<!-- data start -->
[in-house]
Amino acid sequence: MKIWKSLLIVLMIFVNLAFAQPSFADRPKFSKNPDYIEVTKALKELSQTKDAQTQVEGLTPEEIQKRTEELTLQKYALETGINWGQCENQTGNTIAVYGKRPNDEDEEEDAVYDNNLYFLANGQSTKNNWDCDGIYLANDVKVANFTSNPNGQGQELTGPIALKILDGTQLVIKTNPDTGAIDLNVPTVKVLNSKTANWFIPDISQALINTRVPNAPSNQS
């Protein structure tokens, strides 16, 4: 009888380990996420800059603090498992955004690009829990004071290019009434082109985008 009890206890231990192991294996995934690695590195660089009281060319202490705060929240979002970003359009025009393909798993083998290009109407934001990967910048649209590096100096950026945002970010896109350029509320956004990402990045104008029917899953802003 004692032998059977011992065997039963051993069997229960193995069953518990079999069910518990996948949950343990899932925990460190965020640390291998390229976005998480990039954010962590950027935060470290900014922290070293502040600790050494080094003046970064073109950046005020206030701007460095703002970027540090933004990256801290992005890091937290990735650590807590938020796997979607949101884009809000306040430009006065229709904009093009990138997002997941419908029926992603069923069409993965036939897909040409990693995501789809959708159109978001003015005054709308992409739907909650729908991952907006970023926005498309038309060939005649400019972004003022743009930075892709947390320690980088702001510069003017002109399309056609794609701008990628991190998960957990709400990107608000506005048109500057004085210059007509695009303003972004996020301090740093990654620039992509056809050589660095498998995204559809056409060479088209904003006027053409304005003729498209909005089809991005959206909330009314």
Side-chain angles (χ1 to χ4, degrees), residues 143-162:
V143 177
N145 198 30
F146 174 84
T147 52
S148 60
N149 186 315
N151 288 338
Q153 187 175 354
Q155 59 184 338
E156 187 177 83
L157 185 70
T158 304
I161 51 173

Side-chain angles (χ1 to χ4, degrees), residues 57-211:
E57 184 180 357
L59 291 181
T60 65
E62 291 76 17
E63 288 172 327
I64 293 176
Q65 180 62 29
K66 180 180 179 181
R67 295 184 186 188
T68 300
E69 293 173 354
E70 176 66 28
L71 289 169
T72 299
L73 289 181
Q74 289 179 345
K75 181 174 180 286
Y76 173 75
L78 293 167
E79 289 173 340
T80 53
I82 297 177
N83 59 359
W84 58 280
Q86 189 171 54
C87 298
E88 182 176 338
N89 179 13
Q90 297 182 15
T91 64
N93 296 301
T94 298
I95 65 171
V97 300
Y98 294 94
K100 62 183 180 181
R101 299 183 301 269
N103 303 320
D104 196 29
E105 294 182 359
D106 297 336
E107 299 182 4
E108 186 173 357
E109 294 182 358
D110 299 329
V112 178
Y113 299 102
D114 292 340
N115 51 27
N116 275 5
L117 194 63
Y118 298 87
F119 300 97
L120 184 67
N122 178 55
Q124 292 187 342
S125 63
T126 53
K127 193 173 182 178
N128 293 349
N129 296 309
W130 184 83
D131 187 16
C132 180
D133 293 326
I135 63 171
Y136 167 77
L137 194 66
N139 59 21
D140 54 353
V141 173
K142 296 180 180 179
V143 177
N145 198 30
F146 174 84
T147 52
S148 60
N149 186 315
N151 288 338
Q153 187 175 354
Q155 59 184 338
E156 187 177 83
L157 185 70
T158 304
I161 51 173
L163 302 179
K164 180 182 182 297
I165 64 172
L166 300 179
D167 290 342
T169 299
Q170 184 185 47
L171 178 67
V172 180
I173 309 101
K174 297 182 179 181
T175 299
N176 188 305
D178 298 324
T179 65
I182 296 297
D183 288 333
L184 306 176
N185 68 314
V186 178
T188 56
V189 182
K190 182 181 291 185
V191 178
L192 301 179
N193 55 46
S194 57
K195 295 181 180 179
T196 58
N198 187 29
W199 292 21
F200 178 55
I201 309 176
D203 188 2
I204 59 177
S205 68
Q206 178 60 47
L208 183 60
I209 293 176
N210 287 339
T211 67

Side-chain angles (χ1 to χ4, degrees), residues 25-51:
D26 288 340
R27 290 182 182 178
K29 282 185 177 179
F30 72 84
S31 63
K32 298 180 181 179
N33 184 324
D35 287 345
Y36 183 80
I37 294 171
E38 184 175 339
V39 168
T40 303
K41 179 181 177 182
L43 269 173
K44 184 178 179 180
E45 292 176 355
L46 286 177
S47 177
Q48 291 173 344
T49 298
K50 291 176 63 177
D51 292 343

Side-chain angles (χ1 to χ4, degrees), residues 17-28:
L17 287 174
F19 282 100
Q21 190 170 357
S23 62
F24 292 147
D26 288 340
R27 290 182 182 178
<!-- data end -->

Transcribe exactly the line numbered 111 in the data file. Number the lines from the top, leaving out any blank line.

L171 178 67